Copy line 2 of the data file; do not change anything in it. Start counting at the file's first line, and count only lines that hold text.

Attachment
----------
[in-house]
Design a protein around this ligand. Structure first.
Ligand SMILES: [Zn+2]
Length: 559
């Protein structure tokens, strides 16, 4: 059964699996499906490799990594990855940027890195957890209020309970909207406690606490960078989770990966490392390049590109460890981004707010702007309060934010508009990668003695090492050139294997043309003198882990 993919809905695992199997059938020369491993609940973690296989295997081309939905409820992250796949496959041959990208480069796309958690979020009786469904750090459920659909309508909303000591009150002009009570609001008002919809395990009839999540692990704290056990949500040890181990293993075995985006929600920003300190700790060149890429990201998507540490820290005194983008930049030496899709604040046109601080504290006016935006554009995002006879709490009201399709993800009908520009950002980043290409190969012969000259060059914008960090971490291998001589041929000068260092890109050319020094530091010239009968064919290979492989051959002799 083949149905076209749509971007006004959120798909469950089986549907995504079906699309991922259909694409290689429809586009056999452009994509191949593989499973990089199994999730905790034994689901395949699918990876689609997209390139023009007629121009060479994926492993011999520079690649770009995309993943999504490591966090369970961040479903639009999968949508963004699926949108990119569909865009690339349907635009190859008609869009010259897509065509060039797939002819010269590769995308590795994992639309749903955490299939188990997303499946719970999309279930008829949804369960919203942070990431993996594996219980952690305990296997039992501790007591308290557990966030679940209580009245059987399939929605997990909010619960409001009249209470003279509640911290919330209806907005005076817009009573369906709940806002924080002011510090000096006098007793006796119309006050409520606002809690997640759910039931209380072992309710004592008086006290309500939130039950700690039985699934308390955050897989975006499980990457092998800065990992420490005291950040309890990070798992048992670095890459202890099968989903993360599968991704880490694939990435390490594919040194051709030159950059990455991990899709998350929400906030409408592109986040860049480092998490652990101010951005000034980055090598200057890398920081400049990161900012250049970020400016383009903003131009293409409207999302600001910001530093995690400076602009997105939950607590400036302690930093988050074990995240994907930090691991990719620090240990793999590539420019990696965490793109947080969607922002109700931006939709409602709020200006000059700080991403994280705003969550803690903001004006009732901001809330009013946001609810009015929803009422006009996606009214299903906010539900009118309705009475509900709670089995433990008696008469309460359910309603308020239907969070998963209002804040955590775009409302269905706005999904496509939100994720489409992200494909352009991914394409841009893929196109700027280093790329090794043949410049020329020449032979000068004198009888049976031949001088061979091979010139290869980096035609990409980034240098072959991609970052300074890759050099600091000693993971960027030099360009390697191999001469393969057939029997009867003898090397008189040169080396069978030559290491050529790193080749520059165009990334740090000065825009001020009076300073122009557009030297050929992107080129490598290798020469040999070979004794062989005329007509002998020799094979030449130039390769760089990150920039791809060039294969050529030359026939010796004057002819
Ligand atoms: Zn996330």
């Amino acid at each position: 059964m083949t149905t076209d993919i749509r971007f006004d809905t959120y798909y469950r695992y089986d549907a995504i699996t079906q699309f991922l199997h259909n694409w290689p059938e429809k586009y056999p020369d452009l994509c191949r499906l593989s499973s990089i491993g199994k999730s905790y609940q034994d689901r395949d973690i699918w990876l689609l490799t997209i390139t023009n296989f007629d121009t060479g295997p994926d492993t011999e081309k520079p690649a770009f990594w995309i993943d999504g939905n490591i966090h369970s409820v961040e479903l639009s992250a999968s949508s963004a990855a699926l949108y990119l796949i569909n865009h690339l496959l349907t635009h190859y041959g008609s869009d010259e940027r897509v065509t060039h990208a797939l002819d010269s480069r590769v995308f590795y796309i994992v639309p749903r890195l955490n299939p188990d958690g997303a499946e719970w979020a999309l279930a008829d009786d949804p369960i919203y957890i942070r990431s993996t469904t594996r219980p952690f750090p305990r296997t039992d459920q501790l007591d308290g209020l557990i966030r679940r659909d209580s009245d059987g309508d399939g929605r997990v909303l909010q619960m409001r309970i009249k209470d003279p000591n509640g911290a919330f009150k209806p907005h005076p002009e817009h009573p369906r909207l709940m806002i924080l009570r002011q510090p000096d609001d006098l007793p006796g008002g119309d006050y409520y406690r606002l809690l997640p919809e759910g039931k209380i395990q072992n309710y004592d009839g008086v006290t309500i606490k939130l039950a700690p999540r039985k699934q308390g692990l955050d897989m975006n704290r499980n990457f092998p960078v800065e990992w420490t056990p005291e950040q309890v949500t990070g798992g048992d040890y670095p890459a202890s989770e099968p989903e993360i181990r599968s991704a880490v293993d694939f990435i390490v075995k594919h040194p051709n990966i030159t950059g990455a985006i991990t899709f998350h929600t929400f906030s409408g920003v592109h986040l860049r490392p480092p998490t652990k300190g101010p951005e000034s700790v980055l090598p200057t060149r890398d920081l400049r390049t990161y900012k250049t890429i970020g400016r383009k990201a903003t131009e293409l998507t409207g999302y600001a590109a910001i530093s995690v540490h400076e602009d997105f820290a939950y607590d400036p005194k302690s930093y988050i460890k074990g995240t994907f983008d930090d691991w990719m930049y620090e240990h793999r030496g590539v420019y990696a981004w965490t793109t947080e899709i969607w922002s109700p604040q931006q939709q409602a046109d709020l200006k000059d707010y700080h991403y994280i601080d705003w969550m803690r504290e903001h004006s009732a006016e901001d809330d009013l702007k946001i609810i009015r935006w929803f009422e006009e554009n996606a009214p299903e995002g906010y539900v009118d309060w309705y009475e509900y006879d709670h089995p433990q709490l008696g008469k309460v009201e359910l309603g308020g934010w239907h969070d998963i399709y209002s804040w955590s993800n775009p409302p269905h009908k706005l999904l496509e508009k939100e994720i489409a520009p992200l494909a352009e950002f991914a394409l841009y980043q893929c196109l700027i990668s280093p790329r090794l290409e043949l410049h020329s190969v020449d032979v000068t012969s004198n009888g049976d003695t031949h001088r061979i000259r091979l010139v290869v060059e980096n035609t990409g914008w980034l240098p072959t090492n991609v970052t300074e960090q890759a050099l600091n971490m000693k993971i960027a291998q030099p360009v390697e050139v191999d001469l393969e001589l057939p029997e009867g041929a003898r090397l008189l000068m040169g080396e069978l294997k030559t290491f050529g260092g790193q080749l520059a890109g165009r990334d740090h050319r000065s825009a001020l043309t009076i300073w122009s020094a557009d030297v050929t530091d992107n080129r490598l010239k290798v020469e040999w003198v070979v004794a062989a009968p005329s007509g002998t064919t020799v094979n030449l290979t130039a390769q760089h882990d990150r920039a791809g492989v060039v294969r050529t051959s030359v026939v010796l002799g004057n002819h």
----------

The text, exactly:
Design a protein around this ligand. Structure first.